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Attacking Wildfire Cycle With More Controlled Burns In 2018

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Sacramento, CA – As wildfires continue to rage in the southern portion of the state, fire officials are hoping to end what might be described as a nearly endless cycle by planning to set more controlled burns.

Their goal of thinning away from forests accumulated dead trees and underbrush they say will remove the kindling that helps fuel monster blazes. These fires that careen out of control are not only extremely expensive, despite mammoth firefighting efforts, they still cause enormous property and infrastructure losses, especially when the flames reach populated areas.

In October thousands of homes burned and 44 people died from wildfires north of San Francisco. This week, while a fire northwest of Los Angeles still raged after destroying more than 700 homes, the U.S. Forest Service and CAL Fire say the threat will remain high due to an estimated 129 million trees that died in California over the last year from drought and beetle infestation.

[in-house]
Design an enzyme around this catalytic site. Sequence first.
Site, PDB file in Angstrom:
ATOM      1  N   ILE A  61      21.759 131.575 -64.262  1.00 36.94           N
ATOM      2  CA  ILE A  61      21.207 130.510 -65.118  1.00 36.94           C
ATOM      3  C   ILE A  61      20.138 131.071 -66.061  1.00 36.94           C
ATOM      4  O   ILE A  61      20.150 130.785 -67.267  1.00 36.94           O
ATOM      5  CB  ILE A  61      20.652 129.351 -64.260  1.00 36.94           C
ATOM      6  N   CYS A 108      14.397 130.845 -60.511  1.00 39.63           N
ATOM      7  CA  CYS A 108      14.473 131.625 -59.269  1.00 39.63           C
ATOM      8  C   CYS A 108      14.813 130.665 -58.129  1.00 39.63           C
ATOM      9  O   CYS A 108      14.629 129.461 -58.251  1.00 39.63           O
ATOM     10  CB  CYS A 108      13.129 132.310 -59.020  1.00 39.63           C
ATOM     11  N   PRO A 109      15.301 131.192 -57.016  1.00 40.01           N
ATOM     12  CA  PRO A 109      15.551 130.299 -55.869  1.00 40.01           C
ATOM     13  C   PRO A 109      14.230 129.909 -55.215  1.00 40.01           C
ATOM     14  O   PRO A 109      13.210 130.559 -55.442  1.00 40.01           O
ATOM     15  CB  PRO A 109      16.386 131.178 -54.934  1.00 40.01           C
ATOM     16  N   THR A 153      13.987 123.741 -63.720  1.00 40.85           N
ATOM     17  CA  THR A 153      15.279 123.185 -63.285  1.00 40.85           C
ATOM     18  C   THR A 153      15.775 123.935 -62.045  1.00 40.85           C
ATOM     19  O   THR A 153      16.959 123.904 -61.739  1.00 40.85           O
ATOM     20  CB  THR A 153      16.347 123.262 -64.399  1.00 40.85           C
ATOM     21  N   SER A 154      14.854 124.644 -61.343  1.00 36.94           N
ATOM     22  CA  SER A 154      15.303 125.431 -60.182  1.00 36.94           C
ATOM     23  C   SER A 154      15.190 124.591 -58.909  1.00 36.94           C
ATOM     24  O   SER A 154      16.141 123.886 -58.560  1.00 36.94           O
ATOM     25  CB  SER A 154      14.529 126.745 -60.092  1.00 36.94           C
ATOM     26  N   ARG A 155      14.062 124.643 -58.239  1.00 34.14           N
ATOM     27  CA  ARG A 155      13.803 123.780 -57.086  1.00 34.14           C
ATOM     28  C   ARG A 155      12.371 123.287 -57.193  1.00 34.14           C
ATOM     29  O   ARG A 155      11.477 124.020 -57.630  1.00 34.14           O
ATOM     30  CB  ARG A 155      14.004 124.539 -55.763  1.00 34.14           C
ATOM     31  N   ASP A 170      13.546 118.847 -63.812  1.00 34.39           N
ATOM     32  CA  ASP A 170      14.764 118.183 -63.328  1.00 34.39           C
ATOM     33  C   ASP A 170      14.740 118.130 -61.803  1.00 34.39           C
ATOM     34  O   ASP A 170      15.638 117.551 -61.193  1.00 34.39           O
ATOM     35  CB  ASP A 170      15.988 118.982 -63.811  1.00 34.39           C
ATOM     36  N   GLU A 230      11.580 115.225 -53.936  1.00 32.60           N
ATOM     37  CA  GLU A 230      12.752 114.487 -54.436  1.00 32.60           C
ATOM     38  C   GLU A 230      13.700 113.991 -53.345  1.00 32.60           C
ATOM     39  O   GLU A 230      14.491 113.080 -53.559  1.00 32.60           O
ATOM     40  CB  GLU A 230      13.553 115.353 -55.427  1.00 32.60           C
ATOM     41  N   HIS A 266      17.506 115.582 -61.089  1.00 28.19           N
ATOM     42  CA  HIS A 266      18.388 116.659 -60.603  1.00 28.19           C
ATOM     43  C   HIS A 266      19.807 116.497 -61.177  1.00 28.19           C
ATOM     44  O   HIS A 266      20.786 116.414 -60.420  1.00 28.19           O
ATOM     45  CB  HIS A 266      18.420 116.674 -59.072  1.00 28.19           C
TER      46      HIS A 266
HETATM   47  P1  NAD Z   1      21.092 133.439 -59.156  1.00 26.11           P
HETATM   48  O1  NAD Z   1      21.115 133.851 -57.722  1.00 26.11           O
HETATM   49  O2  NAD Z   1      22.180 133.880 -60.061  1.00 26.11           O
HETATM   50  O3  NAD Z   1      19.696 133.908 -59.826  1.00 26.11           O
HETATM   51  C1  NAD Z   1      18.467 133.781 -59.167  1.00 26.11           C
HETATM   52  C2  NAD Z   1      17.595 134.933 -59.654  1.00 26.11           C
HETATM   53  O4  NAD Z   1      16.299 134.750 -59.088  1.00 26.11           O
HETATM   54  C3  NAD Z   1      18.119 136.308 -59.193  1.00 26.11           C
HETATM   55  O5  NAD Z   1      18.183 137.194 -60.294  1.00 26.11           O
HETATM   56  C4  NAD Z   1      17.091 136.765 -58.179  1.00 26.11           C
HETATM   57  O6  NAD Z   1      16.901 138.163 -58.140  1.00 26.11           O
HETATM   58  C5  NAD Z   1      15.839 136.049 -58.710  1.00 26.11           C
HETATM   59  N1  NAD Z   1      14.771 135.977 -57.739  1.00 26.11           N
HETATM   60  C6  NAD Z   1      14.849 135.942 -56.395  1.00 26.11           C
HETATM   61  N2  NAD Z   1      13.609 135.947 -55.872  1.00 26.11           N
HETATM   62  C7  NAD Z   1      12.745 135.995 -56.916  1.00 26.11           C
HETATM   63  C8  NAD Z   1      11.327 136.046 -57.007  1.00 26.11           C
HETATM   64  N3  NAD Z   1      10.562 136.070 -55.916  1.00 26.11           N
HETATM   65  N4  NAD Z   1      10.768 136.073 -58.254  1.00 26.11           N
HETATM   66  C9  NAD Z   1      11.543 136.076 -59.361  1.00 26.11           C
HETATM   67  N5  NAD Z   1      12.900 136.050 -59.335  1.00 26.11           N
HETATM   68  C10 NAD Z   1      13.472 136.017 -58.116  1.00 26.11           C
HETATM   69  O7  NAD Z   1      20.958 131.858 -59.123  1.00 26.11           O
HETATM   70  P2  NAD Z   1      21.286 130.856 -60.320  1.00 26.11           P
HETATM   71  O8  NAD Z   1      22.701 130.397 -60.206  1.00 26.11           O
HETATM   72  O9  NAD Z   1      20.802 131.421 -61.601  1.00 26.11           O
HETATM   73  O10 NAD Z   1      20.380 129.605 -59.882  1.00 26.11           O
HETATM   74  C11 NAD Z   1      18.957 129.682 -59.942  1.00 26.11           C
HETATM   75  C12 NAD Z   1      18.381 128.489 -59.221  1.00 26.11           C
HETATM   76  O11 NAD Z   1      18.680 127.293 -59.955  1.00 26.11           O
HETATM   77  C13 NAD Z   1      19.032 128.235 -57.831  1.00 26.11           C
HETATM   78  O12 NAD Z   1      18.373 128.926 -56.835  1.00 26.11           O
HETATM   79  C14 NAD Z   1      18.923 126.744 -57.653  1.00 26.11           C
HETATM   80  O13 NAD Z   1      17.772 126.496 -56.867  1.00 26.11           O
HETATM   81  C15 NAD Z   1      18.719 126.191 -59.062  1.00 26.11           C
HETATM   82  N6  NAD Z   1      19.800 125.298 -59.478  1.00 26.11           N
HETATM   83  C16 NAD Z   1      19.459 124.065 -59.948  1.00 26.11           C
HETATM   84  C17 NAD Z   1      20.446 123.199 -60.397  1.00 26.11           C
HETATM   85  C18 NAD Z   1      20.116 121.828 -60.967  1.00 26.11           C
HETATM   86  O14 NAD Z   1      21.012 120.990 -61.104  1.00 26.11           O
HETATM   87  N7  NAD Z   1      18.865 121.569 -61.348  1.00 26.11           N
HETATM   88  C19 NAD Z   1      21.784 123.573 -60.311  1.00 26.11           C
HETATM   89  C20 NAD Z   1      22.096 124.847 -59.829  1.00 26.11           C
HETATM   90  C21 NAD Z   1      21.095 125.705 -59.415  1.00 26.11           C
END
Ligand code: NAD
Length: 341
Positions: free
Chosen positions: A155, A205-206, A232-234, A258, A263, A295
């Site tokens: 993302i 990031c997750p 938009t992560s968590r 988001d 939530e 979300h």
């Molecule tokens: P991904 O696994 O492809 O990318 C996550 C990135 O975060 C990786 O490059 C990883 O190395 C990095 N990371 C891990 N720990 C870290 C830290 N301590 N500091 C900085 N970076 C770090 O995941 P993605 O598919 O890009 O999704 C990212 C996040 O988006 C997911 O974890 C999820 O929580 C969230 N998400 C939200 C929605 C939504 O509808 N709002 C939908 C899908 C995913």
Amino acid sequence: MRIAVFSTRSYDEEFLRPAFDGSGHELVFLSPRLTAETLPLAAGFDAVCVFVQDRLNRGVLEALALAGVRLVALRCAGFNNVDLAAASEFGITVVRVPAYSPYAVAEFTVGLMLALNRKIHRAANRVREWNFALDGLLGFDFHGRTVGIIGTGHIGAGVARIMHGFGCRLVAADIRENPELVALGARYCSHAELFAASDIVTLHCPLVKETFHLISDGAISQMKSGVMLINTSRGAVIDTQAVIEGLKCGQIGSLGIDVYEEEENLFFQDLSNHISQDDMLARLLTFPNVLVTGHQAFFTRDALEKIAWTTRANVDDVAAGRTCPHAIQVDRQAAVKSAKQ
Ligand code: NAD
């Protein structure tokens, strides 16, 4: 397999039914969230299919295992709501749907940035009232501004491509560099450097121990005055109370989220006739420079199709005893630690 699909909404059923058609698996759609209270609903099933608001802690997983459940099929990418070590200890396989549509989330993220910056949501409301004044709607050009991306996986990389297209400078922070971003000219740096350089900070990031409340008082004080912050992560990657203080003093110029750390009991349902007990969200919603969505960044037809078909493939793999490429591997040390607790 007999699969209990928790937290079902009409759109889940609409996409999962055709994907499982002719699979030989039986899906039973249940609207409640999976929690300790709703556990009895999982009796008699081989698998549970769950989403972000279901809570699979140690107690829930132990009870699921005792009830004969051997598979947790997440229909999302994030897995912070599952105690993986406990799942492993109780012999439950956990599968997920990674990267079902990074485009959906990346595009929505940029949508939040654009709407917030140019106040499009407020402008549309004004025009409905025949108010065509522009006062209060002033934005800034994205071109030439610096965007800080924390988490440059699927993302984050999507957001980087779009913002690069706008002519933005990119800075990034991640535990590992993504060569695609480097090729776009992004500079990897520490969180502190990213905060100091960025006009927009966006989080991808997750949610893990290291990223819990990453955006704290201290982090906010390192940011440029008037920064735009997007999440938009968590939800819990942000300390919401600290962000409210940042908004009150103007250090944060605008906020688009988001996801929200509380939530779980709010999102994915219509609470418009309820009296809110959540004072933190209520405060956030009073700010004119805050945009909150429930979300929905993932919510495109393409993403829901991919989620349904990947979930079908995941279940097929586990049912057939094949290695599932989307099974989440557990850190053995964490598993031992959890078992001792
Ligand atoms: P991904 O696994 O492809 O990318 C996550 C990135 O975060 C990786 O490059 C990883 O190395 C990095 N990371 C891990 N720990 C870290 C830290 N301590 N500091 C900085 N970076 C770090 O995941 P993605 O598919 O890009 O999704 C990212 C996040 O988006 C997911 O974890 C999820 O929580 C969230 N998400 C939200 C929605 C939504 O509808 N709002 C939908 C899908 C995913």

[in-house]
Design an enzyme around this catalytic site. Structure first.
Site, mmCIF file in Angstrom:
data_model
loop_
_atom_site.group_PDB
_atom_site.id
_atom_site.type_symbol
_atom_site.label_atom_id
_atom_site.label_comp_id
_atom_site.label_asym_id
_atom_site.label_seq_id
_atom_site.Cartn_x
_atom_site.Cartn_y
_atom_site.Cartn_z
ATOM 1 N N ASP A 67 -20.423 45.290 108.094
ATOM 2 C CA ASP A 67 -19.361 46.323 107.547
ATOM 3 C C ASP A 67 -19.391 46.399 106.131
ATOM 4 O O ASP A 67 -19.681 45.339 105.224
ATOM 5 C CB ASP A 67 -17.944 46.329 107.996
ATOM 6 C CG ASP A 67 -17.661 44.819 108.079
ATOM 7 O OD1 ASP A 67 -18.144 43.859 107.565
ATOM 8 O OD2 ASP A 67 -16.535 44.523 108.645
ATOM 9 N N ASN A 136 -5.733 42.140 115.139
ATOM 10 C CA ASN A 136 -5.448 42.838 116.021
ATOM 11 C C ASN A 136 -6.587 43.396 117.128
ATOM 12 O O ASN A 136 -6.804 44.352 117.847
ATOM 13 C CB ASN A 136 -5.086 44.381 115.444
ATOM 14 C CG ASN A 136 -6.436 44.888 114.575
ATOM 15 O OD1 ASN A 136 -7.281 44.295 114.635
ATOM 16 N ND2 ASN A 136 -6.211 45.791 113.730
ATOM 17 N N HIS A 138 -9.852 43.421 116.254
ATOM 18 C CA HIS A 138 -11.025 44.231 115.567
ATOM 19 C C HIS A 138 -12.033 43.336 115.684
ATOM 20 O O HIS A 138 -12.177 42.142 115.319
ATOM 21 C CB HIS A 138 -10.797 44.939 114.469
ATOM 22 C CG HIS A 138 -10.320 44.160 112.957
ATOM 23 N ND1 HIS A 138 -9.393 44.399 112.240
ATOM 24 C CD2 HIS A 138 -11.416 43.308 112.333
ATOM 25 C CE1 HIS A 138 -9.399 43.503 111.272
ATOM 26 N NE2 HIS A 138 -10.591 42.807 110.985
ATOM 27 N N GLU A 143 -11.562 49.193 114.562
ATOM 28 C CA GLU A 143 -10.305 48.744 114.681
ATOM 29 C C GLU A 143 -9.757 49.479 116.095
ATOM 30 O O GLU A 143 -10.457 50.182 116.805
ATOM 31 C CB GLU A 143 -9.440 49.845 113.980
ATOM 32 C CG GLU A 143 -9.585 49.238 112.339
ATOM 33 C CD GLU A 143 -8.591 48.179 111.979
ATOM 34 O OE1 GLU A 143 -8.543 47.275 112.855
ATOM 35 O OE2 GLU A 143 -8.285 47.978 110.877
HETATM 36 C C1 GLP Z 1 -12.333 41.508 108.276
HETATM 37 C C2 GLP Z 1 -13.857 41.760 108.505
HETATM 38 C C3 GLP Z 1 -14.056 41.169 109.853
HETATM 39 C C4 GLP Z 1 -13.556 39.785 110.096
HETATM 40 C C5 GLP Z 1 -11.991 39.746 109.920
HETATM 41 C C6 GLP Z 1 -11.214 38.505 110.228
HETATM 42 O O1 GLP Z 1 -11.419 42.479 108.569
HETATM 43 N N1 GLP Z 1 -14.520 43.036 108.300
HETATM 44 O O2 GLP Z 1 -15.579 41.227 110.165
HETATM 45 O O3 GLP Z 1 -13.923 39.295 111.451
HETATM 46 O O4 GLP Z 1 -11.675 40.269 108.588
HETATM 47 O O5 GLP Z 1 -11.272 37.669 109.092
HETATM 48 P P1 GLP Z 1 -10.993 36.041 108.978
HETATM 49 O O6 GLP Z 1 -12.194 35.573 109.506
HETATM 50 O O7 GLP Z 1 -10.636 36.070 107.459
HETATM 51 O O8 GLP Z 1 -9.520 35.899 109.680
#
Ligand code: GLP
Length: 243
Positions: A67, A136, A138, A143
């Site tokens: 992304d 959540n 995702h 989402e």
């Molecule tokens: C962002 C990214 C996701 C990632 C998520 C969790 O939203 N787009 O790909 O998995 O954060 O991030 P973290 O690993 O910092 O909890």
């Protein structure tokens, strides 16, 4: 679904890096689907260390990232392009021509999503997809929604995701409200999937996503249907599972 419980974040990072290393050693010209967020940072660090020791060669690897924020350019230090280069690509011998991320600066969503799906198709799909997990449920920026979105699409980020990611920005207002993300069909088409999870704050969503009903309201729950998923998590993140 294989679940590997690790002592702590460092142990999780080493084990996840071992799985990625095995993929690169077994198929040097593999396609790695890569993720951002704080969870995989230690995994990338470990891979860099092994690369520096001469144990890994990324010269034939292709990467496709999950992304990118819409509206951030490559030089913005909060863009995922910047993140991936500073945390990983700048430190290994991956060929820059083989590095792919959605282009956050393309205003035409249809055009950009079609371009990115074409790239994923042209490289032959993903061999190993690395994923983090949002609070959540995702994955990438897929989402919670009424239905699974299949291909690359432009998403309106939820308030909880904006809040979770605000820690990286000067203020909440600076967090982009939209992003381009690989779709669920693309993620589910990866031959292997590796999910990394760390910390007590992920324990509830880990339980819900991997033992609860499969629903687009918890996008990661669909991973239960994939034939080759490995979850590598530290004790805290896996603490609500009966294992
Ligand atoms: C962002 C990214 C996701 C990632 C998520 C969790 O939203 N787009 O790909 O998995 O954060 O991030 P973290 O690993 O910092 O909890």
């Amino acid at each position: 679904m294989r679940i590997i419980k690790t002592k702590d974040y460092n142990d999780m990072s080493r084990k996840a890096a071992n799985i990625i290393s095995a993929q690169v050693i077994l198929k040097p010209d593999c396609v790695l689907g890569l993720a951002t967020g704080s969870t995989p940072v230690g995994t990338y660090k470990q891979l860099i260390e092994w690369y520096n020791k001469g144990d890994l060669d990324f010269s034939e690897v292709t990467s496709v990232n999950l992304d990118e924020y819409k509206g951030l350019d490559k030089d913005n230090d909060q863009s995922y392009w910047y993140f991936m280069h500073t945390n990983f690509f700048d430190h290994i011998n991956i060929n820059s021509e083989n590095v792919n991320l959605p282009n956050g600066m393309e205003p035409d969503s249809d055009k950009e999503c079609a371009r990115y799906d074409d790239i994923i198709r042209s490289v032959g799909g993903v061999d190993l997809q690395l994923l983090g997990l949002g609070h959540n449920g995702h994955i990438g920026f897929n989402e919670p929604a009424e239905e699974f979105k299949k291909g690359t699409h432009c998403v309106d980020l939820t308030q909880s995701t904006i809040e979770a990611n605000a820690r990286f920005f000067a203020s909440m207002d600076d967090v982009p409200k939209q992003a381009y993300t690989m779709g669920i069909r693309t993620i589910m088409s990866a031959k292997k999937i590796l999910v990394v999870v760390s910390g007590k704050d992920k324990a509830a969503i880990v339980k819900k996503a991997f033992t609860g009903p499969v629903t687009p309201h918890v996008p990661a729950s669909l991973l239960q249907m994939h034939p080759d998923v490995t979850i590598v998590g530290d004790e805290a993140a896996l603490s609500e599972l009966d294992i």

Along with focused clearing projects the agencies are planning more aggressive use of prescribed burns in areas with bone dry “surface fuels.” Officials share that since July 1, crews have burned 13 square miles of accumulated dry needles, leaves and bark — more than double the amount cleared three years ago. They say the goal for 2018 will be to burn at least 31 square miles and also clear a similarly sized area.

Another goal, centered on protecting population centers, will be having state and local authorities increase their inspections to ensure that residential and commercial property owners are maintaining cleared spaces required by law between their properties and forestland.

Controlled burn opponents contend that these fires release greenhouse gases into the atmosphere, put lives and property at risk, and kill wildlife and old trees that may never grow back. Fire officials counter that these events, which are low-intensity and are conducted in cooler temperatures during high humidity and calm wind conditions, produce significantly less smoke than wildfires, which have the capacity to destroy all growth in their path.

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